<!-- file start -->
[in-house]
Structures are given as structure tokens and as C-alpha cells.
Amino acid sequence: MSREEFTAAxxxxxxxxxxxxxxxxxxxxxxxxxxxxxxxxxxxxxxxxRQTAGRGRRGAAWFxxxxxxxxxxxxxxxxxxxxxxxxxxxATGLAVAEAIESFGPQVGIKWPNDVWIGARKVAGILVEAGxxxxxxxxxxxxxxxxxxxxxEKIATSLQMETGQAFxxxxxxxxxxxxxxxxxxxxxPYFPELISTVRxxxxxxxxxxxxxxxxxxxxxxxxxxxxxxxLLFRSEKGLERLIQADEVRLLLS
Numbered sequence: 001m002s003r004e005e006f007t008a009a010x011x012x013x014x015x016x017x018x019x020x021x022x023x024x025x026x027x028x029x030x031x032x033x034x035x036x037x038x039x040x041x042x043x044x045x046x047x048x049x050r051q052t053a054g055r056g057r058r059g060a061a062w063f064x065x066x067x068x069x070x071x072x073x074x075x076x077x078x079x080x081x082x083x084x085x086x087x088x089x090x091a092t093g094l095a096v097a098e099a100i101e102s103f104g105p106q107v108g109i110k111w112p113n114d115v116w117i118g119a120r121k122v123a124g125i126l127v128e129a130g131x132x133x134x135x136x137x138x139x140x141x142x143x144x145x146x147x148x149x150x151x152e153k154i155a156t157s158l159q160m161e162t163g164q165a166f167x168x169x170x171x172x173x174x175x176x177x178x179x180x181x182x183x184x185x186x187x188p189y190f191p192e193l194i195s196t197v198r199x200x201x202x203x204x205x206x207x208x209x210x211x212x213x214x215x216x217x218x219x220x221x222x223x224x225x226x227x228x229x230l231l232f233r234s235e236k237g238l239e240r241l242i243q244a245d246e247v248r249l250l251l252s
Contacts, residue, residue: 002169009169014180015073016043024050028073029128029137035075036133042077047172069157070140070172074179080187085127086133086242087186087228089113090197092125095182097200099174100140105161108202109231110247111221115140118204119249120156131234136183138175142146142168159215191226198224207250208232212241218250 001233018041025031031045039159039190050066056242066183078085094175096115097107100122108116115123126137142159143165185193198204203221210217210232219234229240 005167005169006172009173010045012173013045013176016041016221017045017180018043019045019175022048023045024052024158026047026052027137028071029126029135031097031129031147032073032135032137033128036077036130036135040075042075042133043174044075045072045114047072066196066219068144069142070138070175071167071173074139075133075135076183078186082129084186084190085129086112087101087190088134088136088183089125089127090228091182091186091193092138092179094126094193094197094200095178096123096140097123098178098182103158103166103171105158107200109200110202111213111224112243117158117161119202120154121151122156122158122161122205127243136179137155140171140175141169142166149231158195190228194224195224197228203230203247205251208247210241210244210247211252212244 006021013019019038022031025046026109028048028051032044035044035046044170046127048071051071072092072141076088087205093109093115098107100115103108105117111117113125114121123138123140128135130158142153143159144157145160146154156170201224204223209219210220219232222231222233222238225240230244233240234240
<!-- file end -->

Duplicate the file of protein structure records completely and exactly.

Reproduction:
[in-house]
Structures are given as structure tokens and as C-alpha cells.
Amino acid sequence: MSREEFTAAxxxxxxxxxxxxxxxxxxxxxxxxxxxxxxxxxxxxxxxxRQTAGRGRRGAAWFxxxxxxxxxxxxxxxxxxxxxxxxxxxATGLAVAEAIESFGPQVGIKWPNDVWIGARKVAGILVEAGxxxxxxxxxxxxxxxxxxxxxEKIATSLQMETGQAFxxxxxxxxxxxxxxxxxxxxxPYFPELISTVRxxxxxxxxxxxxxxxxxxxxxxxxxxxxxxxLLFRSEKGLERLIQADEVRLLLS
Numbered sequence: 001m002s003r004e005e006f007t008a009a010x011x012x013x014x015x016x017x018x019x020x021x022x023x024x025x026x027x028x029x030x031x032x033x034x035x036x037x038x039x040x041x042x043x044x045x046x047x048x049x050r051q052t053a054g055r056g057r058r059g060a061a062w063f064x065x066x067x068x069x070x071x072x073x074x075x076x077x078x079x080x081x082x083x084x085x086x087x088x089x090x091a092t093g094l095a096v097a098e099a100i101e102s103f104g105p106q107v108g109i110k111w112p113n114d115v116w117i118g119a120r121k122v123a124g125i126l127v128e129a130g131x132x133x134x135x136x137x138x139x140x141x142x143x144x145x146x147x148x149x150x151x152e153k154i155a156t157s158l159q160m161e162t163g164q165a166f167x168x169x170x171x172x173x174x175x176x177x178x179x180x181x182x183x184x185x186x187x188p189y190f191p192e193l194i195s196t197v198r199x200x201x202x203x204x205x206x207x208x209x210x211x212x213x214x215x216x217x218x219x220x221x222x223x224x225x226x227x228x229x230l231l232f233r234s235e236k237g238l239e240r241l242i243q244a245d246e247v248r249l250l251l252s
Contacts, residue, residue: 002169009169014180015073016043024050028073029128029137035075036133042077047172069157070140070172074179080187085127086133086242087186087228089113090197092125095182097200099174100140105161108202109231110247111221115140118204119249120156131234136183138175142146142168159215191226198224207250208232212241218250 001233018041025031031045039159039190050066056242066183078085094175096115097107100122108116115123126137142159143165185193198204203221210217210232219234229240 005167005169006172009173010045012173013045013176016041016221017045017180018043019045019175022048023045024052024158026047026052027137028071029126029135031097031129031147032073032135032137033128036077036130036135040075042075042133043174044075045072045114047072066196066219068144069142070138070175071167071173074139075133075135076183078186082129084186084190085129086112087101087190088134088136088183089125089127090228091182091186091193092138092179094126094193094197094200095178096123096140097123098178098182103158103166103171105158107200109200110202111213111224112243117158117161119202120154121151122156122158122161122205127243136179137155140171140175141169142166149231158195190228194224195224197228203230203247205251208247210241210244210247211252212244 006021013019019038022031025046026109028048028051032044035044035046044170046127048071051071072092072141076088087205093109093115098107100115103108105117111117113125114121123138123140128135130158142153143159144157145160146154156170201224204223209219210220219232222231222233222238225240230244233240234240